The intention of this book is to entertain and explain the supposedly arcane areas of "high finance" with humour. It starts from the premise that there are only five things you can do with money: buy it, borrow it, lend or sell it, or if your have enough - sit on it. Martin Baker sees the market as a disparate group of highly-paid people with a common economic purpose and the collective intelligence of a trout. Financial markets need psychiatrists to show why and how the market moves and to explain the role of rumour and the irrelevance of statistics. He tells us what really happens in foreign exchange markets and why drugs and a German sports car are absolutely necessary to facilitate international currency exchange in which more than three times the annual gross national product of the USA changes hands every day in dealing rooms run by over-confident and under-educated young people. Stockbrokers' jargon is explained, as are banks, the explosion of credit cards and the colossal power without responsibility of fund managers. Baker shows how the search for "ethical" investment is self-deluding nonsense and how the slave labour markets of South East Asia are the object of a mini-revival. Martin Baker's thesis is that financial markets are useful but crazy.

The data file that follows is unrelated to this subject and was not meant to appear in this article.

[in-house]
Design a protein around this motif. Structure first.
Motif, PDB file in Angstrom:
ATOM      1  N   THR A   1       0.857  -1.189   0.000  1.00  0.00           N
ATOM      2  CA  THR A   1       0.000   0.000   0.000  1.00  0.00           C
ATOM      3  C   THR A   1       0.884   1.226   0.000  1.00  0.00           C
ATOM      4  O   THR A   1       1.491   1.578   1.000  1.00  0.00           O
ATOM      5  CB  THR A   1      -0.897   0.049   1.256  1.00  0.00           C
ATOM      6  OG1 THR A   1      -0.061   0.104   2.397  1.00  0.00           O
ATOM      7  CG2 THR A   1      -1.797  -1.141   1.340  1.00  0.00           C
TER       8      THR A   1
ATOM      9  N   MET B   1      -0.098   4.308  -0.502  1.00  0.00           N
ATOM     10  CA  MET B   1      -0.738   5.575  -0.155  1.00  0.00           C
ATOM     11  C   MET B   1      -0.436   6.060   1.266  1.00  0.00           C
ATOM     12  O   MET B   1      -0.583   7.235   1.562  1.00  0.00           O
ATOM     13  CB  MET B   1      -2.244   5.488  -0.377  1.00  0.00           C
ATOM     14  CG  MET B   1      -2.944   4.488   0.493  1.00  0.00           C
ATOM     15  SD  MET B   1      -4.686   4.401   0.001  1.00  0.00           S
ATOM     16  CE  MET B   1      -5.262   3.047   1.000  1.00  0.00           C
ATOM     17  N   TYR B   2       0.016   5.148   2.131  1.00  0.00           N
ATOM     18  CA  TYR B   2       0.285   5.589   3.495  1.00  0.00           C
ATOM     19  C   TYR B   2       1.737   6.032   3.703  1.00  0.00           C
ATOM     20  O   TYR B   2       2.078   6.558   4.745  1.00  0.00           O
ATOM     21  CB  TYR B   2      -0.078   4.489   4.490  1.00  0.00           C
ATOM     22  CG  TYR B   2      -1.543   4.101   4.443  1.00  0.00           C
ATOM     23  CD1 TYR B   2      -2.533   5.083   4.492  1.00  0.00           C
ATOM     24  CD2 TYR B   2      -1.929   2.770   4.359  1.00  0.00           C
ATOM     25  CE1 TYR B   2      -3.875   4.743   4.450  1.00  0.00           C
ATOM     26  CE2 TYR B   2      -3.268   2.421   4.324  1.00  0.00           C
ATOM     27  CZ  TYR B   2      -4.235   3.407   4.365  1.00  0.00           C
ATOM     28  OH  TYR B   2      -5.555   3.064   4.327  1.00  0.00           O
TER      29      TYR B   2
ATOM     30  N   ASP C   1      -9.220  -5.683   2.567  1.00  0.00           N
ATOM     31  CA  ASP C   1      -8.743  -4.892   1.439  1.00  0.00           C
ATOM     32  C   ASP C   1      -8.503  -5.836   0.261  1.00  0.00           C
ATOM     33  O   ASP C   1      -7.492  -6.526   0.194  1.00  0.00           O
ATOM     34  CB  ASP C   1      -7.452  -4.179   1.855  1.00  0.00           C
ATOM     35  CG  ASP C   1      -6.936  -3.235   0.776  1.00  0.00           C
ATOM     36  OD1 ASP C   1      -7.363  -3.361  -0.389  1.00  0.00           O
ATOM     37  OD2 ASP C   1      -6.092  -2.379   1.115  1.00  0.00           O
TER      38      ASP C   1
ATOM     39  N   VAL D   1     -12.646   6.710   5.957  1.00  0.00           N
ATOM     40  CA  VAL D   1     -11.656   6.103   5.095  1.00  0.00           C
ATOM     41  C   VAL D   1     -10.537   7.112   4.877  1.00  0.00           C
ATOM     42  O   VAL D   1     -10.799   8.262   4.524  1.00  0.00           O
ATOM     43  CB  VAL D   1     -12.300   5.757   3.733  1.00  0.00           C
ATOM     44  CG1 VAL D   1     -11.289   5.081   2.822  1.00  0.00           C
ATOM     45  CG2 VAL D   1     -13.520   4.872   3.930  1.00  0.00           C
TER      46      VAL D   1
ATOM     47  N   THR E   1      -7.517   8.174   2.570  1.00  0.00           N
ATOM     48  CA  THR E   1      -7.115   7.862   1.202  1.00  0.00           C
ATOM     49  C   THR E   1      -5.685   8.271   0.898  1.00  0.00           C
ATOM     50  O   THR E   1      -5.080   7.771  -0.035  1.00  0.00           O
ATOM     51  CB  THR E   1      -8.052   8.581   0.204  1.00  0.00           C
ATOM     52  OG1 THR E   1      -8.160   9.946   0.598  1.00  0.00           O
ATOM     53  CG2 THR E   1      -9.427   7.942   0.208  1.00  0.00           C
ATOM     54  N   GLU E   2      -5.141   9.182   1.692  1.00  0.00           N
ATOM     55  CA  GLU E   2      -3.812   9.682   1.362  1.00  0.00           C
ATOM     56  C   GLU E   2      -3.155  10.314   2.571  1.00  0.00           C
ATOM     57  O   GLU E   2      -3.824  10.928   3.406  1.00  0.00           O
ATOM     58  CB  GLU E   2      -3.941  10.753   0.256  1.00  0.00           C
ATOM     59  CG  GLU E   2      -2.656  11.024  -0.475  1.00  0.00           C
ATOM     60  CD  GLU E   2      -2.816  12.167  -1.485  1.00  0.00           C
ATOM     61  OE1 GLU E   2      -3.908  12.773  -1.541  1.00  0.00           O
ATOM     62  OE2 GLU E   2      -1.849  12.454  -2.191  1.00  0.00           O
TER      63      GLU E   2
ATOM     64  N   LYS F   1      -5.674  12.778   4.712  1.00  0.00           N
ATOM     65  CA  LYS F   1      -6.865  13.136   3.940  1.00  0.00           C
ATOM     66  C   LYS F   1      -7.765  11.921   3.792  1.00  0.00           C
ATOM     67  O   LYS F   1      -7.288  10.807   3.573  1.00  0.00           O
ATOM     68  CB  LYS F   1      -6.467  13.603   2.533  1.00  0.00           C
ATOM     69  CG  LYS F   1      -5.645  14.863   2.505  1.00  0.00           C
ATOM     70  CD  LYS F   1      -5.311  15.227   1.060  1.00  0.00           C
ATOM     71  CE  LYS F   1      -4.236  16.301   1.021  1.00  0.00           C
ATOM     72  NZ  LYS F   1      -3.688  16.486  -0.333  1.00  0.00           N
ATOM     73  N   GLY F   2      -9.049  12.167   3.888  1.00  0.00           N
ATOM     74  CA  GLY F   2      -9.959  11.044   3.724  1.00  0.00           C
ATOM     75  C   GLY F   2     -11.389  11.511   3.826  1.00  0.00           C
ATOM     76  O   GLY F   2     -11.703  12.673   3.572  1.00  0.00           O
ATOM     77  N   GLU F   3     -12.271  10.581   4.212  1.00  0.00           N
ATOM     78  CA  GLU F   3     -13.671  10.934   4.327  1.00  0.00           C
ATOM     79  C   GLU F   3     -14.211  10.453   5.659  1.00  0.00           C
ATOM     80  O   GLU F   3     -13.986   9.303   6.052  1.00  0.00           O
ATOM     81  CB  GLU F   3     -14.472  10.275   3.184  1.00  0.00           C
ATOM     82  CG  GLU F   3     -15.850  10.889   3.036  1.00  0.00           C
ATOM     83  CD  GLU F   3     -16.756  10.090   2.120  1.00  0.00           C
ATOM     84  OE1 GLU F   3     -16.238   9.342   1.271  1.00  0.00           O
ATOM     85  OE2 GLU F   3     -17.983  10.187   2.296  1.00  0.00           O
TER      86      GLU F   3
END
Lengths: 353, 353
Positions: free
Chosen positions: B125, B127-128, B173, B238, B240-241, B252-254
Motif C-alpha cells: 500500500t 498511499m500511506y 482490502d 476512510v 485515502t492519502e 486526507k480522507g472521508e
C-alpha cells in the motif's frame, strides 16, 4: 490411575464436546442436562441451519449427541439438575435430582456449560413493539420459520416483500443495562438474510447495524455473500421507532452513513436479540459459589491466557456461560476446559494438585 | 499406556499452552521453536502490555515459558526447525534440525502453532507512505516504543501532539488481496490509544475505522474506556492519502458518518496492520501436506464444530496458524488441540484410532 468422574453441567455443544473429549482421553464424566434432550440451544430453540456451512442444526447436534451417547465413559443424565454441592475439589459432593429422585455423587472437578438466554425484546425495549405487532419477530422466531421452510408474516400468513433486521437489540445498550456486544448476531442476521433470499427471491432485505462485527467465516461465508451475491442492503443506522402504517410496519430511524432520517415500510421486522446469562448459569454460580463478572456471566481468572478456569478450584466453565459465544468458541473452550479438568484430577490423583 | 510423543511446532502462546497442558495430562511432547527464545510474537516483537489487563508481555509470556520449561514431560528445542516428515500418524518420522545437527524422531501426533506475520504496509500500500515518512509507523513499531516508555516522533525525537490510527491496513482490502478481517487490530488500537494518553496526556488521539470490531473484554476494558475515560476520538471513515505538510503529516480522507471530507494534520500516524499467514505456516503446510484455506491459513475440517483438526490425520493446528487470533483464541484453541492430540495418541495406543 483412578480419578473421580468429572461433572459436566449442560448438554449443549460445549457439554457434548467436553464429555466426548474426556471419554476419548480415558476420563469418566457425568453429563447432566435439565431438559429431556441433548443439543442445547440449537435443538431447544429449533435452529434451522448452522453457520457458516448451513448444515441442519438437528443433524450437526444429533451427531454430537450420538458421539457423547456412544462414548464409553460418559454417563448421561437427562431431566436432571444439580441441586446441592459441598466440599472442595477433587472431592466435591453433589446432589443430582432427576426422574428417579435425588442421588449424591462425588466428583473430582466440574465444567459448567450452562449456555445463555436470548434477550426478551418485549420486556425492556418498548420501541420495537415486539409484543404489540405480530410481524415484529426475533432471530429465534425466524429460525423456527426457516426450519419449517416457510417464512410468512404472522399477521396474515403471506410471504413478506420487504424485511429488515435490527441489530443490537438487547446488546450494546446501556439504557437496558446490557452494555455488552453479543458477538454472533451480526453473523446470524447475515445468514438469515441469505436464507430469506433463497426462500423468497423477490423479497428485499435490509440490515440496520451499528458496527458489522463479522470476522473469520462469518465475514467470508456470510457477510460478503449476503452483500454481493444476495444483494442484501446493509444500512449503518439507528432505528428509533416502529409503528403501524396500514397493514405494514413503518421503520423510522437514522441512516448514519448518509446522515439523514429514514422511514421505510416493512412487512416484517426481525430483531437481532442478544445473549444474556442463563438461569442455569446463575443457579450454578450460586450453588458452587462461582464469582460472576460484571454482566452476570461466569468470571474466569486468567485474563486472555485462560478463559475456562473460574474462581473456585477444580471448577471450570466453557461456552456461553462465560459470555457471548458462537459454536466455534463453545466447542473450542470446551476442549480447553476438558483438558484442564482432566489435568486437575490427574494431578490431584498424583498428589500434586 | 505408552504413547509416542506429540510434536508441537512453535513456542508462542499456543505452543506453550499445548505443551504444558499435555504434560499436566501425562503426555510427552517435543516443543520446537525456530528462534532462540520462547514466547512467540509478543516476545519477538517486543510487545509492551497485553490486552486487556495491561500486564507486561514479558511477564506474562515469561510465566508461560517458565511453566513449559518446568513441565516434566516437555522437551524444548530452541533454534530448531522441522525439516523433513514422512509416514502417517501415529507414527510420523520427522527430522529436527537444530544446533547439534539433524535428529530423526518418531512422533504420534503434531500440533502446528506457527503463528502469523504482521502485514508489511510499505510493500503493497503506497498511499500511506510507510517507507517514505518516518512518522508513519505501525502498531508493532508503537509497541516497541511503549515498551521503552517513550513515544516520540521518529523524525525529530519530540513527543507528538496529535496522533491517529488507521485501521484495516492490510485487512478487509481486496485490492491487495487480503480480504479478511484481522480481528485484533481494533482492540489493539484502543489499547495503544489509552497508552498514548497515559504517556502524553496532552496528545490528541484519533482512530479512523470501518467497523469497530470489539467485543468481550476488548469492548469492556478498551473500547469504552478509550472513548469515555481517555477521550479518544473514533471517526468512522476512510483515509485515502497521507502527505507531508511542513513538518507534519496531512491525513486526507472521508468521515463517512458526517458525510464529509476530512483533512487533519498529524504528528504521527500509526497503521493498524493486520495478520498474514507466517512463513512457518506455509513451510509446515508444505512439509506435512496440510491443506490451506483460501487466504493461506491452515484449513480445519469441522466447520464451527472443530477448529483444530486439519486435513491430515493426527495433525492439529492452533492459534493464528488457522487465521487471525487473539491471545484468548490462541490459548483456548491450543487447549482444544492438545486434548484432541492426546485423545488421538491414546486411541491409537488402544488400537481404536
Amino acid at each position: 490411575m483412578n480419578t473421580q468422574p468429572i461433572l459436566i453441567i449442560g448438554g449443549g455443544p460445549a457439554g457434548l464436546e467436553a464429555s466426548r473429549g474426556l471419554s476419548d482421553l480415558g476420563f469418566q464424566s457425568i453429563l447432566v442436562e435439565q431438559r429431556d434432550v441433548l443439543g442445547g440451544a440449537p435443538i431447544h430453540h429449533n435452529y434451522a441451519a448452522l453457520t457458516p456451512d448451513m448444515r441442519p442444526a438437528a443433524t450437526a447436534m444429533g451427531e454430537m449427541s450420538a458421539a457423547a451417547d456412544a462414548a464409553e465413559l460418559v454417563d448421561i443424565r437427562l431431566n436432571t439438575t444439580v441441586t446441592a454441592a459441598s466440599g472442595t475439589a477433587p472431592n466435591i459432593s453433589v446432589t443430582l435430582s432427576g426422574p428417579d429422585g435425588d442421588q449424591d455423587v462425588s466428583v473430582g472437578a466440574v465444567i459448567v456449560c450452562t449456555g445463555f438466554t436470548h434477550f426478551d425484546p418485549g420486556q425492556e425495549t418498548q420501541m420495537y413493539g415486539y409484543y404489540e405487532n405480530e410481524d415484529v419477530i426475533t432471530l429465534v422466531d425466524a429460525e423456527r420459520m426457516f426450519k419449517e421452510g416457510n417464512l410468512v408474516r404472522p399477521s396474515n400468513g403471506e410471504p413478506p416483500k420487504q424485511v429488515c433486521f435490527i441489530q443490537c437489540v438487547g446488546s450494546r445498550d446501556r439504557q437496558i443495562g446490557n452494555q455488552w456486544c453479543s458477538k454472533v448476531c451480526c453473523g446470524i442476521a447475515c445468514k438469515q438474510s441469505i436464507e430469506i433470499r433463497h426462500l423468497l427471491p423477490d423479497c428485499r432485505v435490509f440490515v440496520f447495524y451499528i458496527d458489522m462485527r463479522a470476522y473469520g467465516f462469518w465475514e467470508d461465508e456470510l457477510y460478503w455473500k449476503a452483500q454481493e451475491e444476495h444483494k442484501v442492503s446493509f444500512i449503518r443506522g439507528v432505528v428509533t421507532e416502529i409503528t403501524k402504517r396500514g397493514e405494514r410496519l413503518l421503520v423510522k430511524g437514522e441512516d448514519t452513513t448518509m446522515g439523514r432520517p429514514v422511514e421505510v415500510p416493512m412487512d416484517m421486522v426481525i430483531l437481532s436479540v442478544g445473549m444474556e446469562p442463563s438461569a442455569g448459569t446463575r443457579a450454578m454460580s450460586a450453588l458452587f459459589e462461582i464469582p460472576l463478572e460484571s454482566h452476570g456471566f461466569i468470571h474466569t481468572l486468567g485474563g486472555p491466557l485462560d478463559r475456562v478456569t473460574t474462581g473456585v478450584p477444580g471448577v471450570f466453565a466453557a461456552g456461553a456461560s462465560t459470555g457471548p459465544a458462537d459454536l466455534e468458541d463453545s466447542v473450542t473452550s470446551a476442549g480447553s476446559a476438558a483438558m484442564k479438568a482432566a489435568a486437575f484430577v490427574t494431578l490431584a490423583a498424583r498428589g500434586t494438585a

Used availability for Martin Baker's A Fool and His Money
April 1995 : UK Hardback
March 1996 : UK Paperback